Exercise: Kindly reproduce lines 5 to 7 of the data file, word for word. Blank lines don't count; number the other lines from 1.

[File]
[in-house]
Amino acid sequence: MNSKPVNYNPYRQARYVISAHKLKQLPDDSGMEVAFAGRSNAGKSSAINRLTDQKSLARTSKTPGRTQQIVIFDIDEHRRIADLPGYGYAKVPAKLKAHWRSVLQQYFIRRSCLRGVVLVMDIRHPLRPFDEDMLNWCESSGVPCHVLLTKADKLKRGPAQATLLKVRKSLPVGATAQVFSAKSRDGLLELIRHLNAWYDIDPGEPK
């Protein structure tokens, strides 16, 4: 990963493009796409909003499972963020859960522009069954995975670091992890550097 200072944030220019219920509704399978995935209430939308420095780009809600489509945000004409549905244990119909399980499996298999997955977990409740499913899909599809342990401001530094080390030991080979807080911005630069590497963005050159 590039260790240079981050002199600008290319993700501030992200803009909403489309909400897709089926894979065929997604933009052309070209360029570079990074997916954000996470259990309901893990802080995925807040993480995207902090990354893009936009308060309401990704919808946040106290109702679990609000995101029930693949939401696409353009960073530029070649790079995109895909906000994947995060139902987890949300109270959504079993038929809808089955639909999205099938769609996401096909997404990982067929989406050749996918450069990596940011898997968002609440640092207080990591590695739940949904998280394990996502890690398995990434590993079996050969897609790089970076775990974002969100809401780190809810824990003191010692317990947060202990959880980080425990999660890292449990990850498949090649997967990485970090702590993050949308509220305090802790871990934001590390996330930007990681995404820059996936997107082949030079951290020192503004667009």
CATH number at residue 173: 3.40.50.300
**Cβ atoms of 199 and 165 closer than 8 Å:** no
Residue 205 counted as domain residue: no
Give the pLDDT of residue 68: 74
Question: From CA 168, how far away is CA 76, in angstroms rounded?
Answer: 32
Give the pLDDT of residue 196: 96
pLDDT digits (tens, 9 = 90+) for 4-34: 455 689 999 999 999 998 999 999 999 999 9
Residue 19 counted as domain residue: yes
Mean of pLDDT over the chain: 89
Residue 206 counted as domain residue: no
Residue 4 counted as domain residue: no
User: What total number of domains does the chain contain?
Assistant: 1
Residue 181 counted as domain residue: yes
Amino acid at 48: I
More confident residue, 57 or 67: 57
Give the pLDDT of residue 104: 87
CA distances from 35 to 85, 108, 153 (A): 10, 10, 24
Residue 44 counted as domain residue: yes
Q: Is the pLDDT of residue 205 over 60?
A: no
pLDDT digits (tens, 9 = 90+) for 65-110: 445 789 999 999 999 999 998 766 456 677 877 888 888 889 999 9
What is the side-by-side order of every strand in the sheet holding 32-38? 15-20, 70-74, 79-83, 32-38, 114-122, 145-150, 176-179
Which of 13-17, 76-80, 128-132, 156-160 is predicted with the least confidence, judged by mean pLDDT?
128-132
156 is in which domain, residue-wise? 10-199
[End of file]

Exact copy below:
**Cβ atoms of 199 and 165 closer than 8 Å:** no
Residue 205 counted as domain residue: no
Give the pLDDT of residue 68: 74